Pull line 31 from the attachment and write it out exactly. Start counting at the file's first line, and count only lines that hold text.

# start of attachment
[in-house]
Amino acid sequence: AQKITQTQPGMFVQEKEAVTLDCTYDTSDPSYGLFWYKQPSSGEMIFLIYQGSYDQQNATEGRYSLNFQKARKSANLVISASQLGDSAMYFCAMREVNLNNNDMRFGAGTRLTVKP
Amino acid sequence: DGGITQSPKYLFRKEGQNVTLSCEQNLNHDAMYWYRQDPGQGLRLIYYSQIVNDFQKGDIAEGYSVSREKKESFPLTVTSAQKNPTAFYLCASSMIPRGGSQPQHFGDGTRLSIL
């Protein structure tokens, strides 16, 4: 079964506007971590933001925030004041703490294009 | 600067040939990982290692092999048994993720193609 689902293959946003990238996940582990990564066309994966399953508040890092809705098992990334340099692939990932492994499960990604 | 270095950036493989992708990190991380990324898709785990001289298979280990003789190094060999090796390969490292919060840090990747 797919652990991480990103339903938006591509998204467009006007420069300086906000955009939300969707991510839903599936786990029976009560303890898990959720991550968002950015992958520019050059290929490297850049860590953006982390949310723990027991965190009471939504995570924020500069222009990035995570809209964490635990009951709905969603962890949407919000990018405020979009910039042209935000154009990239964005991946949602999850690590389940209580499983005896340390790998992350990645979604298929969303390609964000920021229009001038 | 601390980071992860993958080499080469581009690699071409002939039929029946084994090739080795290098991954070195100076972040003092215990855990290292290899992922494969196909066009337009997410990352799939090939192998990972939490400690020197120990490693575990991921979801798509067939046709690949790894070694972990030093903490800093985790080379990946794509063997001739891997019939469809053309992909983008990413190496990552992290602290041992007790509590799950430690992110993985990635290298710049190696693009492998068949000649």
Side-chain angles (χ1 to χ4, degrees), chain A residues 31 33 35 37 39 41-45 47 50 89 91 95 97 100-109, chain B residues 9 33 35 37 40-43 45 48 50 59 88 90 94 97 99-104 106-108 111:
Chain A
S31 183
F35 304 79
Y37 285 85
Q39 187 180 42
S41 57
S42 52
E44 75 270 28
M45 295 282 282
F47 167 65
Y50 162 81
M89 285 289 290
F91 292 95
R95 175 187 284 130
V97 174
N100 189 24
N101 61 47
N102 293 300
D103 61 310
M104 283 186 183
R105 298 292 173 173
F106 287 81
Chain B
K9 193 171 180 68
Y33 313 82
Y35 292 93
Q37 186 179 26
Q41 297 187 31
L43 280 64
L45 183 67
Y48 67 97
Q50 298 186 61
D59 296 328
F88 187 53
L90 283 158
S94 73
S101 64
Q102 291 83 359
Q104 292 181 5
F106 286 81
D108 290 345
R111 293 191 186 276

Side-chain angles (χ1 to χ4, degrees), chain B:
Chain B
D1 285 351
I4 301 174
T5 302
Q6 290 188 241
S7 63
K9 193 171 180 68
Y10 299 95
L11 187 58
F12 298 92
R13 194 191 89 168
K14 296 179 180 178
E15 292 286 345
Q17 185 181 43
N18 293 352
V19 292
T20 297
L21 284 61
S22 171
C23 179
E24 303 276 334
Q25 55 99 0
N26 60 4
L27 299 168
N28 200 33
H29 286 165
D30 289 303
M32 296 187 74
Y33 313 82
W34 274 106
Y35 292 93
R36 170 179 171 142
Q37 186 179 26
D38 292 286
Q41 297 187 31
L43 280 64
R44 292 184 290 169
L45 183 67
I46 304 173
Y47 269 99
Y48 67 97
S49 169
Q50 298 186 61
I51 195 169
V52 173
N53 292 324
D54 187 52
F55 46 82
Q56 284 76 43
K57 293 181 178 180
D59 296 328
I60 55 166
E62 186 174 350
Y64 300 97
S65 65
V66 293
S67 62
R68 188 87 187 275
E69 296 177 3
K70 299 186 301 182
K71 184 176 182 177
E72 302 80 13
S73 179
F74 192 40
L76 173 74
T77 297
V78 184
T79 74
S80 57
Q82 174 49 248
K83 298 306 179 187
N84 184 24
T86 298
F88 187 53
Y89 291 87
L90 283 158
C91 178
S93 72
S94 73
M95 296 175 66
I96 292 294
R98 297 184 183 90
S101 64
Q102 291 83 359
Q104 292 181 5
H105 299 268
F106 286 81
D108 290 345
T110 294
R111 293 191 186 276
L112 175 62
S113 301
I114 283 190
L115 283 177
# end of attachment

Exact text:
Y35 292 93